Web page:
Brazenly referred to as the modern-day Jimi Hendrix, Gary Clark, Jr. is the Texas-based crooner making waves with his commanding “cool cat” persona and fuzzy guitar rhythms. Though he has gained some notoriety on the indie-blues rock scene, Gary Clark, Jr. is relatively under wraps. For someone who has harnessed old-school influences to produce a modern blues vibe, this is one artist truly deserving of global recognition.
Listen to his first single, “Bright Lights,” a song chronicling his journey of self-exploration in the unforgiven metropolis of NYC. What’s your take on this up-and-coming artist? Is Gary Clark, Jr. the reincarnation of old-school rock?
For a country smaller than the state of Florida, England incessantly burgeons with musical talent. A modern “British Invasion” has emerged on this year’s music front, with radio charts offering an English mash-up of thumping bass and the thrum of banjos. From Alex Clare’s experimental drum-and-bass to Ellie Goulding’s indie pop melodies, the eclectic range of British influence has made an influential mark on the contemporary music scene.
Another innovative artist climbing the UK charts is twenty-two year old Delilah; a London-based songstress gaining notable praise with her debut album, “From the Roots Up.” The freshman LP skillfully combines ambient, electro-bass beats with sultry, R&B vocals; successfully achieving a bold range of genre-bending tracks.
Delilah’s first single “Go” samples lyrics from the 1983 Chaka Khan hit, “Ain’t Nobody,” while flawlessly incorporating her own edgy, carnal-driven undertones. The provocative track peaked at #21 on the UK Singles Chart, and amassed heavy radio rotation.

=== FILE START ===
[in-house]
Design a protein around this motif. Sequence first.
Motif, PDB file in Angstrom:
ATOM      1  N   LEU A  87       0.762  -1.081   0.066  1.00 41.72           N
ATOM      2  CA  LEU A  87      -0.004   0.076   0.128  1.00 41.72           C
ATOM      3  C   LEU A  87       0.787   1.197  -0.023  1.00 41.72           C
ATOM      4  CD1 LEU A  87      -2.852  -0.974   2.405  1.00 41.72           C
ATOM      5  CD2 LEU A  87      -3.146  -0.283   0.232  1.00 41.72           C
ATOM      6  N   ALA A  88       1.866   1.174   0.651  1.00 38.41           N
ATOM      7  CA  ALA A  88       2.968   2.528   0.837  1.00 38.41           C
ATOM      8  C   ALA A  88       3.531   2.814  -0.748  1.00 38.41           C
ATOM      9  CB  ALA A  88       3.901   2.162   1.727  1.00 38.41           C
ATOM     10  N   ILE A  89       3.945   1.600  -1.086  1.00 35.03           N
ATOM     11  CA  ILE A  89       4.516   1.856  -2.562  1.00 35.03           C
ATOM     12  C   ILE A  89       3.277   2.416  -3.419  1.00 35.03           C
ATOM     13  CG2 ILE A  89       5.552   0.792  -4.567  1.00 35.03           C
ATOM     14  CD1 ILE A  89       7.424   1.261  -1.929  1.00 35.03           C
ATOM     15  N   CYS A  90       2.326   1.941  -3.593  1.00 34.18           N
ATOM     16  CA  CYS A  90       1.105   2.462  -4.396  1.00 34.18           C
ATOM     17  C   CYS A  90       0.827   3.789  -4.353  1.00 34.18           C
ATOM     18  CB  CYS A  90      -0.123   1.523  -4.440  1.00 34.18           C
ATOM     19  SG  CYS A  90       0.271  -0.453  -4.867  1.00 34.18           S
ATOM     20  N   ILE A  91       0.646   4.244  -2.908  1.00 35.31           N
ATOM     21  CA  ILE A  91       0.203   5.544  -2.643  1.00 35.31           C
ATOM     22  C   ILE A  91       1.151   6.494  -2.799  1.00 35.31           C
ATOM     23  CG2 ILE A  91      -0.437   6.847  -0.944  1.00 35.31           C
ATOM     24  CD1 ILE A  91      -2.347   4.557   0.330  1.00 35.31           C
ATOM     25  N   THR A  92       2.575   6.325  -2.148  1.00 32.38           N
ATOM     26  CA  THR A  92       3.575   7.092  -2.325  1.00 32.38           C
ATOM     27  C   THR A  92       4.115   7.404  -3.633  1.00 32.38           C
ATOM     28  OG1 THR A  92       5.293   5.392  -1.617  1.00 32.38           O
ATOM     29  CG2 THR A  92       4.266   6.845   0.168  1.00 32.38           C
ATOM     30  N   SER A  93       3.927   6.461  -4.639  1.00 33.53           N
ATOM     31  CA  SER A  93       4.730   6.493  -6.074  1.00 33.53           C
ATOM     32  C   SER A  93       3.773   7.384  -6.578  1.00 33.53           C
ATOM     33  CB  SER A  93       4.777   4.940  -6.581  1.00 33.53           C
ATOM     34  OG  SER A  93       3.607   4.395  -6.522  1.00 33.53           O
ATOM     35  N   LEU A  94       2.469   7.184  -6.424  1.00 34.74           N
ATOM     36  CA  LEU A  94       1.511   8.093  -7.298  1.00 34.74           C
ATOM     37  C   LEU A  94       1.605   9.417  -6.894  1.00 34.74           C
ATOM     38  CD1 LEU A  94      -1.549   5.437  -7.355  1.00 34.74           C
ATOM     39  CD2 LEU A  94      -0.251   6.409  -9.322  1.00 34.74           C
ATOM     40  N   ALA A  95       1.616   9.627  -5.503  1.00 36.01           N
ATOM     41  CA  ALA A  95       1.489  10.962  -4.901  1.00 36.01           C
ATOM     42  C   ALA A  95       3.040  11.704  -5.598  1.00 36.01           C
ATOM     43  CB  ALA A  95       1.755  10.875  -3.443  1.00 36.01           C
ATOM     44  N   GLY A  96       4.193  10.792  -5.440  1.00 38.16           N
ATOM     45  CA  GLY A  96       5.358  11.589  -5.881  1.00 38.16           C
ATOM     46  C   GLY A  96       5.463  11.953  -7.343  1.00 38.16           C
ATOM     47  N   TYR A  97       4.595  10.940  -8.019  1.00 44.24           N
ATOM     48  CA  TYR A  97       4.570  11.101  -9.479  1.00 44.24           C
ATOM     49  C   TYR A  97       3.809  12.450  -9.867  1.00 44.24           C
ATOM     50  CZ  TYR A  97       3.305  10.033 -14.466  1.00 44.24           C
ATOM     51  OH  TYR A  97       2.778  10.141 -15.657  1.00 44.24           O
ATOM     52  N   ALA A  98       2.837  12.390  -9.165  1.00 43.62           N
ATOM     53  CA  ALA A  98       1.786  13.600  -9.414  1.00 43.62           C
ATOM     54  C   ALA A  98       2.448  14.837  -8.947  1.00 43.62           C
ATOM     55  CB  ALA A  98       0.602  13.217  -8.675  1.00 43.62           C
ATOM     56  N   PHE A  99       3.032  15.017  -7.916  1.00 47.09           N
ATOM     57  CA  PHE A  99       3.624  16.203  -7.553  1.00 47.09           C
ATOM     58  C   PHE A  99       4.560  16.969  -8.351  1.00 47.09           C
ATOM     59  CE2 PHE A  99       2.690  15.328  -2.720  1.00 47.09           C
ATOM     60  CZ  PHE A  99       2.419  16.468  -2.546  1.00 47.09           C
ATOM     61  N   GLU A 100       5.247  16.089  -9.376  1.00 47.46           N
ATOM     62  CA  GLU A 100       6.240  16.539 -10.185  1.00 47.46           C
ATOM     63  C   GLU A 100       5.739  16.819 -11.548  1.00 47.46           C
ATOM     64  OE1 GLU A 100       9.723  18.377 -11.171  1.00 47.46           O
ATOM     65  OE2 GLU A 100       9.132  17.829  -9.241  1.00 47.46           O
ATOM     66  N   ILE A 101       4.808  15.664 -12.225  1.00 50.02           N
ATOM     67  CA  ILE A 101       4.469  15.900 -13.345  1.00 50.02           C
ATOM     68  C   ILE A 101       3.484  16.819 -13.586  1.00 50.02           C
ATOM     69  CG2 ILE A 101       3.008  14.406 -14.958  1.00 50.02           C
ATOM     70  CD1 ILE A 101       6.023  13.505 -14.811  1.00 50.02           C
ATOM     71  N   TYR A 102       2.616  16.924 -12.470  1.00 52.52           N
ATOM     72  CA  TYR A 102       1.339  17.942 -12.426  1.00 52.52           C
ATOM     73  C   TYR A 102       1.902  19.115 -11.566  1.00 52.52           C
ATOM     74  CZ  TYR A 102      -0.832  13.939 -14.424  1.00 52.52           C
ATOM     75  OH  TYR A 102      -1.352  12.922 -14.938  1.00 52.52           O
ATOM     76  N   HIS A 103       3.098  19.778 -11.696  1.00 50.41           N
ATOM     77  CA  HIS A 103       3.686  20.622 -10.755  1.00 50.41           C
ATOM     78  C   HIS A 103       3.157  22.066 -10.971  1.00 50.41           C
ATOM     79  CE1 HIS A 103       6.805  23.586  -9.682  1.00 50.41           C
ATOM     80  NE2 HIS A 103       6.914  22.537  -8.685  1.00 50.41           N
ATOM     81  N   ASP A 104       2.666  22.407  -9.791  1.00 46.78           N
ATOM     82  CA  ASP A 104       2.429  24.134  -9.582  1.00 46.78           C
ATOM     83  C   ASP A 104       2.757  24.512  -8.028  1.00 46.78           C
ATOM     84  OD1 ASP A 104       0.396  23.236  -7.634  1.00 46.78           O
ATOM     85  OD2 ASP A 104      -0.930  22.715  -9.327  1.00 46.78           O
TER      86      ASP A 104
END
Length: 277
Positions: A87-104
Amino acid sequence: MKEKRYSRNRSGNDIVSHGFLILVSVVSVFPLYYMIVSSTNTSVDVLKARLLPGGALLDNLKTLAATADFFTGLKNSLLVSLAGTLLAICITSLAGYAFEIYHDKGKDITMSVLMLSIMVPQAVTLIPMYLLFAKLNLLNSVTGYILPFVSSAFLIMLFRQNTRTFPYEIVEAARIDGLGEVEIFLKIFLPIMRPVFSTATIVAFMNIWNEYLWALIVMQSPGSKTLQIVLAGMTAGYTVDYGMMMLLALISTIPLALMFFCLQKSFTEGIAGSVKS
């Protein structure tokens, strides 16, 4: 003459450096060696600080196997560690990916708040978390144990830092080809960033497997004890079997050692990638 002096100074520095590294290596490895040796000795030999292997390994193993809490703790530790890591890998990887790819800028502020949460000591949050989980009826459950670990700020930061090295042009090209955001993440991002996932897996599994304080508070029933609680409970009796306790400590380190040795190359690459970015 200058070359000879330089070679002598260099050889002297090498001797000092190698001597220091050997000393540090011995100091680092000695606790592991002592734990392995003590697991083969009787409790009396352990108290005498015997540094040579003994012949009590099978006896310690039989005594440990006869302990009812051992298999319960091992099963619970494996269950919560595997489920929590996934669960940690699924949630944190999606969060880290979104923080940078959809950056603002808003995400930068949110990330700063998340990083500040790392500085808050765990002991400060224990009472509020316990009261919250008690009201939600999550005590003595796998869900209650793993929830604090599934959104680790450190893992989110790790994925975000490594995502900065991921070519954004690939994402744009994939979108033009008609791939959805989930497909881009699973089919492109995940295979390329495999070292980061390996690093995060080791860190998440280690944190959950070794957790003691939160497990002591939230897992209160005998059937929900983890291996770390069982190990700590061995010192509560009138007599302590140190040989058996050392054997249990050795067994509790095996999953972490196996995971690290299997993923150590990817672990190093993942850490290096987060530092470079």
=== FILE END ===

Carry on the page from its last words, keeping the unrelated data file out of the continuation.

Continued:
“From the Roots Up” is a candid showcase of Delilah’s lyrical versatility, offering realistic – at times haunting – accounts of love and lust. Physical expression is glorified throughout the album, highlighting her frank and unapologetic approach to sexuality.
Delilah is certainly an artist on the rise, presenting a fresh culmination of innovation and talent, but what’s your opinion? Take a peek at the creative video for her single, “Love You So,” and see if this English artist tickles your fancy….
Big words, to be sure, but hot damn, listen to the title track from Matt Lowell’s Swan Lake EP. It’s four notes, the same four notes, carried across several different chords, but in an interesting twist, the song is largely bass-free, with those four notes hitting at an unlikely spot. Musically, it travels this strange land between Joseph Arthur and Guided by Voices, but doesn’t really sound like either. Give it a listen, and see if you’re as enthralled as we are.
We’d just like to clear up something, if you don’t mind. Despite the fact that this column is called “Steal This Song,” rest assured that everything we post comes with the band’s permission. The title of the column is a reference to an Abbie Hoffman book from 1971, something that we’re guessing was lost on the nasty commenter who thought we were stealing from some poor little indie band. No one is actually stealing anything, all right? Now let’s move on.